No matter where you attend college, you are going to need a safe and secure place to live. Thus, when you’re applying to college, it is worth doing some basic research on each college’s housing website to get a sense of what housing options would be available to you if you decide to attend that university.


Specifically, you should look out for whether housing is guaranteed and how much on-campus and off-campus housing at that university costs. If housing is guaranteed (even just to first-year students) at the university, the college transition is often a lot simpler, because you won’t have to deal with the hassle of applying for different housing options, and you’ll be close to campus. In addition, housing costs are a large chunk of your overall college costs, and these costs have to be affordable in order for a college to be a logical option for you.


To understand more about your total college costs, check out Tuition vs. Total Cost of Attending: Understanding Your College Expenses.


You generally don’t need to get into the details of the on-campus and off-campus housing options when you’re just applying to colleges, though. Usually, each university and the surrounding area has housing. It may not be luxurious and it may require a roommate, but this housing should be adequate for your needs. You can sort out the details of which housing option is best for you after you’ve gotten into the college. For now, just make sure that there are affordable housing options available to you.


That being said, if you have a disability that influences your housing needs, the details of college housing are far more important. For those students who need special accommodations, make sure to do your research and/or talk to the college’s student services and disability services to find out if there is housing at or near the university that fits your needs. Not all housing options (especially older dorms) may be accessible to you.


Important Things to Take Into Account When Assessing Housing Options

Once you’ve gotten into the college and are deciding which housing choice best suits you, you can use these criteria to compare your options:


  • Location: As a general rule, housing that is closer to the central points on campus is more convenient. It allows you to go to and from class and extracurriculars without having to worry about a commute. In addition to proximity to campus, you should check to make sure that your housing options are near other necessities like grocery stores, transit stops, and places you go on a regular basis.


  • Safety: Especially for off-campus housing, you want to make sure that your housing is located in a safe area. You should find out if the area is well lit, if students feel safe walking around that area at night, whether the surrounding neighborhood is notorious for crime, and whether there is a campus shuttle or other transit that will take you close to home.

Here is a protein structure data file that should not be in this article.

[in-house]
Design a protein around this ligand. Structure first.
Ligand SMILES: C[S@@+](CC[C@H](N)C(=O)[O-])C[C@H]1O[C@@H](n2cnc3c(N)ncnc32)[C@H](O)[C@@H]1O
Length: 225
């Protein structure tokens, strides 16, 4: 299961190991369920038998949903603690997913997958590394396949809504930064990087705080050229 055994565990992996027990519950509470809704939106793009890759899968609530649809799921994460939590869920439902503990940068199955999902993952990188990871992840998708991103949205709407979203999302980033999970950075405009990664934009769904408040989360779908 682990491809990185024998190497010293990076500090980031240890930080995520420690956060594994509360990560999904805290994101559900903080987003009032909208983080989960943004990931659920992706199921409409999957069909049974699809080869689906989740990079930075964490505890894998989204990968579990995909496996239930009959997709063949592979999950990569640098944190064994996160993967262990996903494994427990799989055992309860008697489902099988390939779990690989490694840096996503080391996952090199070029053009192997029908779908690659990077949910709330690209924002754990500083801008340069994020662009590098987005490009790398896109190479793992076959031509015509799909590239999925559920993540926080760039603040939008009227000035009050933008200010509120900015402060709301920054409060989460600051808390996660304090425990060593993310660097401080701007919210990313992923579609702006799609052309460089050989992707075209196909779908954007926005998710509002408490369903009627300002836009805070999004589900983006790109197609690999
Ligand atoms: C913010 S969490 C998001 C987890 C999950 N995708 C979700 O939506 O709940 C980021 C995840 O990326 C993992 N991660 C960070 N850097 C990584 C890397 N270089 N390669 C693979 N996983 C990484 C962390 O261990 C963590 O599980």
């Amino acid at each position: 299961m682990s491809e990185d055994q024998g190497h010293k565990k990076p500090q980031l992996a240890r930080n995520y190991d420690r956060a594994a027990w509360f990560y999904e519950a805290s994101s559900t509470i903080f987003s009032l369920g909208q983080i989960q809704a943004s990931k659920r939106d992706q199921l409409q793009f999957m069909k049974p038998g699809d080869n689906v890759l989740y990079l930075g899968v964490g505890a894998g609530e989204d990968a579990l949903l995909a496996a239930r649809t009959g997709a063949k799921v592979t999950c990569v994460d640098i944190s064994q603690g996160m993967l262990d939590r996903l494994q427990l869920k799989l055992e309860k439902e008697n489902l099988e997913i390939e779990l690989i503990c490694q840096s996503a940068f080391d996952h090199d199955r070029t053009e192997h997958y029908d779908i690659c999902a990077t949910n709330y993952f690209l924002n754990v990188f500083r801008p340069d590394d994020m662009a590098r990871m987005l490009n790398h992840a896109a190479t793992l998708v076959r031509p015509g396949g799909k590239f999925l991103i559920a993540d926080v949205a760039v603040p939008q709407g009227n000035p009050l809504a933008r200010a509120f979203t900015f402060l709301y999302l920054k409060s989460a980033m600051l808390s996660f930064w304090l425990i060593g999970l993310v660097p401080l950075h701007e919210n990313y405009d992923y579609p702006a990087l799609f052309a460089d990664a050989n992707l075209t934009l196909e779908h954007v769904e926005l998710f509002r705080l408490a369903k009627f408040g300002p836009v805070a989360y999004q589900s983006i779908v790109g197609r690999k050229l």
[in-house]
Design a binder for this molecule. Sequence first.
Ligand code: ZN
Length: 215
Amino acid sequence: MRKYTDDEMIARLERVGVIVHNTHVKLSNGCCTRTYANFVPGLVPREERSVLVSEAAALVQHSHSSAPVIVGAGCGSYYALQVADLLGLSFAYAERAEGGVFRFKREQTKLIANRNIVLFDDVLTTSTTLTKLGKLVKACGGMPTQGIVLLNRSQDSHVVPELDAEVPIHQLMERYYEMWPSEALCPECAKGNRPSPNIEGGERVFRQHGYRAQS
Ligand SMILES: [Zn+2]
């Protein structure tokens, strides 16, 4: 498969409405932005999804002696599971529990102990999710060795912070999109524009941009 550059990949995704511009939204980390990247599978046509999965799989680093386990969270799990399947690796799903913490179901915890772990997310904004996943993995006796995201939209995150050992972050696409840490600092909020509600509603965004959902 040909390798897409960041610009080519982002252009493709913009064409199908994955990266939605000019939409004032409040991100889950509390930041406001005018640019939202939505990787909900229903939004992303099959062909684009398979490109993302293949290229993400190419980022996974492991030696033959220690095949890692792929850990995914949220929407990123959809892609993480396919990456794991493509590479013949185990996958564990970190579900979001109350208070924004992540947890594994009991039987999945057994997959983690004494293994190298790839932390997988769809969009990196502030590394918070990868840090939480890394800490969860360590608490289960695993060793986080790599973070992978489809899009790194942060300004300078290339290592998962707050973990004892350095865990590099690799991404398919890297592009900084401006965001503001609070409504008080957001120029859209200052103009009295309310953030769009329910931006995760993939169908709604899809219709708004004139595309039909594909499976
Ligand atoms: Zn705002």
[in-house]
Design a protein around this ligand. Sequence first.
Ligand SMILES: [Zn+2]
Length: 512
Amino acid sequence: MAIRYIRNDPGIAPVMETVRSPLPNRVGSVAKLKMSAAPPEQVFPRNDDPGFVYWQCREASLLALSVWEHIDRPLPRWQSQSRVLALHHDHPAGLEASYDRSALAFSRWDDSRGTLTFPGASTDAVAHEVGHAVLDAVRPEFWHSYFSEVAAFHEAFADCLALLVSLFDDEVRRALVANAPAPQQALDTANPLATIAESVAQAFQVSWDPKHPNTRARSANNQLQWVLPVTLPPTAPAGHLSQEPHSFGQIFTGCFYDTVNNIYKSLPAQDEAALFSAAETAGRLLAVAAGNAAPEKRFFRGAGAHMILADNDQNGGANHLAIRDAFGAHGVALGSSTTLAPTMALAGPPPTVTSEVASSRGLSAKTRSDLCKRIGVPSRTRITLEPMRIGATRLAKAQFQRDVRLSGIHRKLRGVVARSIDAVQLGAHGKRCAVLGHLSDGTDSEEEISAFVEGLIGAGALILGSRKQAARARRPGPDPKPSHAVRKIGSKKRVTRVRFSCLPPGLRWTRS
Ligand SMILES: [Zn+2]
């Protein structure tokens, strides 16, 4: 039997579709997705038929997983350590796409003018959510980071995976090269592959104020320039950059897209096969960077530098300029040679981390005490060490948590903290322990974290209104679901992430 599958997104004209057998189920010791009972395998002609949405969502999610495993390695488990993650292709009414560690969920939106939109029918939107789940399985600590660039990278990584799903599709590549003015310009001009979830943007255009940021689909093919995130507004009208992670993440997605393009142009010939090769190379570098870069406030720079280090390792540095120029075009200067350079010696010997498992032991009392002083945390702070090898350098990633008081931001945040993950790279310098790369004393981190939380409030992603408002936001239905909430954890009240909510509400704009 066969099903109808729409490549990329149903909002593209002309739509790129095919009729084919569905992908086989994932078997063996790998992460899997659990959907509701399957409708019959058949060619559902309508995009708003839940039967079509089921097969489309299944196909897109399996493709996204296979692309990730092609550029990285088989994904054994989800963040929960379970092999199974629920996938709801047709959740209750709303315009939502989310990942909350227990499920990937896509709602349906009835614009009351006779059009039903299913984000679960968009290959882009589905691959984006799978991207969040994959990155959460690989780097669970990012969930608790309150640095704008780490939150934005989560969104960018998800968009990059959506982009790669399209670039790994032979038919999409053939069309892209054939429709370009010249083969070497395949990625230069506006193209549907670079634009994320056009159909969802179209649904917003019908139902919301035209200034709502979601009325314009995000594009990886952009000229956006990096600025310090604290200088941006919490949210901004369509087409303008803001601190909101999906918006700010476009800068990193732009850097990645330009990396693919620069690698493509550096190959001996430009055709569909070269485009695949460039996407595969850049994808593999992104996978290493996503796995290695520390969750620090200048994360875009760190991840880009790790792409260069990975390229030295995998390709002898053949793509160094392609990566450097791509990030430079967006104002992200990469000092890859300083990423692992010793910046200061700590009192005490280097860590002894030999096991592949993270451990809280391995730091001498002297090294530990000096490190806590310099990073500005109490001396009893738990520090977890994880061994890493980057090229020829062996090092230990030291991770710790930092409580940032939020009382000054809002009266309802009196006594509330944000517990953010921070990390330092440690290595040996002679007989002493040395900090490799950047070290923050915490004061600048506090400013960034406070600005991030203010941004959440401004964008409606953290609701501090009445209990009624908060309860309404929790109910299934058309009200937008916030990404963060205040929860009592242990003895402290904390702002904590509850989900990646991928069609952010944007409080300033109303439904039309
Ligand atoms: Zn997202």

• Facilities: Each housing option offers different facilities for its tenants. You need to assess whether your housing has things like a study lounge, laundry facilities, a kitchen (especially if you don’t have a meal plan), common areas, ample storage space, etc. A useful strategy when narrowing down housing options is to pick which of these facilities you absolutely must have and narrow down your housing search from there. For instance, if a kitchen is essential for you because you don’t have a meal plan, you can rule out all stereotypical on-campus dorm options.


  • Comfort and Attractiveness: Unfortunately, college housing is rarely glamorous. Even the most prestigious colleges and universities may only have moderately nice housing options for their students. So while comfortable and attractive housing is nice to have, it should not be your top priority. Focus instead on the more practical features of your college housing and trust that the quality of your housing will be good enough and may even help you build a community on campus.


For More Information

These are some general trends and tips for your college housing search that apply to all colleges. If you want to hear more personal accounts about the experience of living on or off campus, take a look at CollegeVine’s Zen Blog. This blog provides firsthand experiences from current college students in posts like A Guide to Being a Good Roommate and Splash of Cold Water: Independence Woke Me Up.


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Sadhvi Mathur
Senior Blogger

Short Bio
Sadhvi is a recent graduate from the University of California, Berkeley, where she double majored in Economics and Media Studies. Having applied to over 8 universities, each with different application platforms and requirements, she is eager to share her knowledge now that her application process is over. Other than writing, Sadhvi's interests include dancing, playing the piano, and trying not to burn her apartment down when she cooks!